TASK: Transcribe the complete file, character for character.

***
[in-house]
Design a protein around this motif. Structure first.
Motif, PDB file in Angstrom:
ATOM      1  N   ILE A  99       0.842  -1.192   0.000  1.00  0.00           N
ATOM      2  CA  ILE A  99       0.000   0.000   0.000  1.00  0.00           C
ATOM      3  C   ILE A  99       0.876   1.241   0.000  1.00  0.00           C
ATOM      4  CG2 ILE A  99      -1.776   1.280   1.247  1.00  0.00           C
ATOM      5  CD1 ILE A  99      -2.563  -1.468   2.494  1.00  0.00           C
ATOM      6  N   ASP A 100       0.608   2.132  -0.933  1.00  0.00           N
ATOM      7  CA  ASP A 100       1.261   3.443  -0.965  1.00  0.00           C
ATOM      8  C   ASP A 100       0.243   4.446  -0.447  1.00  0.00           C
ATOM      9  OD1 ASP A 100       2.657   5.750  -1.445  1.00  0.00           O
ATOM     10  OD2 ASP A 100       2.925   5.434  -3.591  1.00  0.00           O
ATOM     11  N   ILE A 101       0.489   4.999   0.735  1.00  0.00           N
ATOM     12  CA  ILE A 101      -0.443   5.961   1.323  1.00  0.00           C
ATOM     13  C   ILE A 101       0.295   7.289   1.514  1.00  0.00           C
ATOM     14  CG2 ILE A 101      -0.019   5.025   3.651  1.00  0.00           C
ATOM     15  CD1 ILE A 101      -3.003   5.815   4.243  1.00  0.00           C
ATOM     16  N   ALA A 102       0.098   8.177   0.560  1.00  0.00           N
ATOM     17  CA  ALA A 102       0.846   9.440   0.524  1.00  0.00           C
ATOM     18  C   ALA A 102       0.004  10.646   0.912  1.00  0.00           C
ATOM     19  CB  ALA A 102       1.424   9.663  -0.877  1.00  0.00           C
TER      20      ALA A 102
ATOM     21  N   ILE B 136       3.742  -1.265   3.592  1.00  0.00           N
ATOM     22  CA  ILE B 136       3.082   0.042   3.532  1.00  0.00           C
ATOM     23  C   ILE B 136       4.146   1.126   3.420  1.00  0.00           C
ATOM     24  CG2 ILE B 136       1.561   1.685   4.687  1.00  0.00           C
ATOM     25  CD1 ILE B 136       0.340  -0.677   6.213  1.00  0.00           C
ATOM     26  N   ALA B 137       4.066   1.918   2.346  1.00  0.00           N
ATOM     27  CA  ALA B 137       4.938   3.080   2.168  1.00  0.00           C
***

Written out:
[in-house]
Design a protein around this motif. Structure first.
Motif, PDB file in Angstrom:
ATOM      1  N   ILE A  99       0.842  -1.192   0.000  1.00  0.00           N
ATOM      2  CA  ILE A  99       0.000   0.000   0.000  1.00  0.00           C
ATOM      3  C   ILE A  99       0.876   1.241   0.000  1.00  0.00           C
ATOM      4  CG2 ILE A  99      -1.776   1.280   1.247  1.00  0.00           C
ATOM      5  CD1 ILE A  99      -2.563  -1.468   2.494  1.00  0.00           C
ATOM      6  N   ASP A 100       0.608   2.132  -0.933  1.00  0.00           N
ATOM      7  CA  ASP A 100       1.261   3.443  -0.965  1.00  0.00           C
ATOM      8  C   ASP A 100       0.243   4.446  -0.447  1.00  0.00           C
ATOM      9  OD1 ASP A 100       2.657   5.750  -1.445  1.00  0.00           O
ATOM     10  OD2 ASP A 100       2.925   5.434  -3.591  1.00  0.00           O
ATOM     11  N   ILE A 101       0.489   4.999   0.735  1.00  0.00           N
ATOM     12  CA  ILE A 101      -0.443   5.961   1.323  1.00  0.00           C
ATOM     13  C   ILE A 101       0.295   7.289   1.514  1.00  0.00           C
ATOM     14  CG2 ILE A 101      -0.019   5.025   3.651  1.00  0.00           C
ATOM     15  CD1 ILE A 101      -3.003   5.815   4.243  1.00  0.00           C
ATOM     16  N   ALA A 102       0.098   8.177   0.560  1.00  0.00           N
ATOM     17  CA  ALA A 102       0.846   9.440   0.524  1.00  0.00           C
ATOM     18  C   ALA A 102       0.004  10.646   0.912  1.00  0.00           C
ATOM     19  CB  ALA A 102       1.424   9.663  -0.877  1.00  0.00           C
TER      20      ALA A 102
ATOM     21  N   ILE B 136       3.742  -1.265   3.592  1.00  0.00           N
ATOM     22  CA  ILE B 136       3.082   0.042   3.532  1.00  0.00           C
ATOM     23  C   ILE B 136       4.146   1.126   3.420  1.00  0.00           C
ATOM     24  CG2 ILE B 136       1.561   1.685   4.687  1.00  0.00           C
ATOM     25  CD1 ILE B 136       0.340  -0.677   6.213  1.00  0.00           C
ATOM     26  N   ALA B 137       4.066   1.918   2.346  1.00  0.00           N
ATOM     27  CA  ALA B 137       4.938   3.080   2.168  1.00  0.00           C